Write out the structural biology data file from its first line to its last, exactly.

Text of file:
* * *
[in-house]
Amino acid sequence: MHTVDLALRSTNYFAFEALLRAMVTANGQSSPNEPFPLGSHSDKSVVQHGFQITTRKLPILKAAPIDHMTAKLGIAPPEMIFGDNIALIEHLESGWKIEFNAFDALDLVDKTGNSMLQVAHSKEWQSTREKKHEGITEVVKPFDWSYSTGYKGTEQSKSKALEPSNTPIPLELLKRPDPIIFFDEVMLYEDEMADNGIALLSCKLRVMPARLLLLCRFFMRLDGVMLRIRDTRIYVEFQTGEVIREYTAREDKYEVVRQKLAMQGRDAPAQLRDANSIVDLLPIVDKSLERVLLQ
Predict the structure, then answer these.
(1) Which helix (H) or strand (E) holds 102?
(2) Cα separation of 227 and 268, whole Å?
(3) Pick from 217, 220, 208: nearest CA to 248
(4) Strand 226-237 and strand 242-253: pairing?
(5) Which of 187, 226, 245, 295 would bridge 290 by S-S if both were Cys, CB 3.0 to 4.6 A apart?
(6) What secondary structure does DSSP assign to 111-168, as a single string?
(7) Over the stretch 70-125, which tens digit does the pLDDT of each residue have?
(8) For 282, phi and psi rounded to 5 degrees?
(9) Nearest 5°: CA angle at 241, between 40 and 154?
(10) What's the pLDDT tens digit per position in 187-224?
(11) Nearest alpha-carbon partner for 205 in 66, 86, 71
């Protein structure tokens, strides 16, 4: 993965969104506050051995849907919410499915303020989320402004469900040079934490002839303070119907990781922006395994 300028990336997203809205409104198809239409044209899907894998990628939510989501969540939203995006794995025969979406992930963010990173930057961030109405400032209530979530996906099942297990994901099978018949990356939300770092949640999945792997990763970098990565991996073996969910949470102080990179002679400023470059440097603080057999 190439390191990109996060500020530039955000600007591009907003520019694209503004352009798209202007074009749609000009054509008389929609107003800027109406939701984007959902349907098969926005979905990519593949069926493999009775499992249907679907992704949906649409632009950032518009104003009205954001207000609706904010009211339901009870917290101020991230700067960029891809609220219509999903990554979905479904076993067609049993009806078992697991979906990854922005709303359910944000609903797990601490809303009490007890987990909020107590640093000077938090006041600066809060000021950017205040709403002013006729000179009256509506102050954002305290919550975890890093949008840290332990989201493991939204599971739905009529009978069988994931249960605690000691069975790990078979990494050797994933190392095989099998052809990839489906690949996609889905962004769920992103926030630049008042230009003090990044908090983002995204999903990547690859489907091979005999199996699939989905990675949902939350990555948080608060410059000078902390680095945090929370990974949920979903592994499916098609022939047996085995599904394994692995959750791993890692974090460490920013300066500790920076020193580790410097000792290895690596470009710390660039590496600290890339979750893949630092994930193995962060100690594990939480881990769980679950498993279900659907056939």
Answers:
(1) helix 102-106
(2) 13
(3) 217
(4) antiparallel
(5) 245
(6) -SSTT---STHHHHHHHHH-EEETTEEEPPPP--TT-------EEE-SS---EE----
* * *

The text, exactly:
[in-house]
Amino acid sequence: MHTVDLALRSTNYFAFEALLRAMVTANGQSSPNEPFPLGSHSDKSVVQHGFQITTRKLPILKAAPIDHMTAKLGIAPPEMIFGDNIALIEHLESGWKIEFNAFDALDLVDKTGNSMLQVAHSKEWQSTREKKHEGITEVVKPFDWSYSTGYKGTEQSKSKALEPSNTPIPLELLKRPDPIIFFDEVMLYEDEMADNGIALLSCKLRVMPARLLLLCRFFMRLDGVMLRIRDTRIYVEFQTGEVIREYTAREDKYEVVRQKLAMQGRDAPAQLRDANSIVDLLPIVDKSLERVLLQ
Predict the structure, then answer these.
(1) Which helix (H) or strand (E) holds 102?
(2) Cα separation of 227 and 268, whole Å?
(3) Pick from 217, 220, 208: nearest CA to 248
(4) Strand 226-237 and strand 242-253: pairing?
(5) Which of 187, 226, 245, 295 would bridge 290 by S-S if both were Cys, CB 3.0 to 4.6 A apart?
(6) What secondary structure does DSSP assign to 111-168, as a single string?
(7) Over the stretch 70-125, which tens digit does the pLDDT of each residue have?
(8) For 282, phi and psi rounded to 5 degrees?
(9) Nearest 5°: CA angle at 241, between 40 and 154?
(10) What's the pLDDT tens digit per position in 187-224?
(11) Nearest alpha-carbon partner for 205 in 66, 86, 71
């Protein structure tokens, strides 16, 4: 993965969104506050051995849907919410499915303020989320402004469900040079934490002839303070119907990781922006395994 300028990336997203809205409104198809239409044209899907894998990628939510989501969540939203995006794995025969979406992930963010990173930057961030109405400032209530979530996906099942297990994901099978018949990356939300770092949640999945792997990763970098990565991996073996969910949470102080990179002679400023470059440097603080057999 190439390191990109996060500020530039955000600007591009907003520019694209503004352009798209202007074009749609000009054509008389929609107003800027109406939701984007959902349907098969926005979905990519593949069926493999009775499992249907679907992704949906649409632009950032518009104003009205954001207000609706904010009211339901009870917290101020991230700067960029891809609220219509999903990554979905479904076993067609049993009806078992697991979906990854922005709303359910944000609903797990601490809303009490007890987990909020107590640093000077938090006041600066809060000021950017205040709403002013006729000179009256509506102050954002305290919550975890890093949008840290332990989201493991939204599971739905009529009978069988994931249960605690000691069975790990078979990494050797994933190392095989099998052809990839489906690949996609889905962004769920992103926030630049008042230009003090990044908090983002995204999903990547690859489907091979005999199996699939989905990675949902939350990555948080608060410059000078902390680095945090929370990974949920979903592994499916098609022939047996085995599904394994692995959750791993890692974090460490920013300066500790920076020193580790410097000792290895690596470009710390660039590496600290890339979750893949630092994930193995962060100690594990939480881990769980679950498993279900659907056939």
Answers:
(1) helix 102-106
(2) 13
(3) 217
(4) antiparallel
(5) 245
(6) -SSTT---STHHHHHHHHH-EEETTEEEPPPP--TT-------EEE-SS---EE----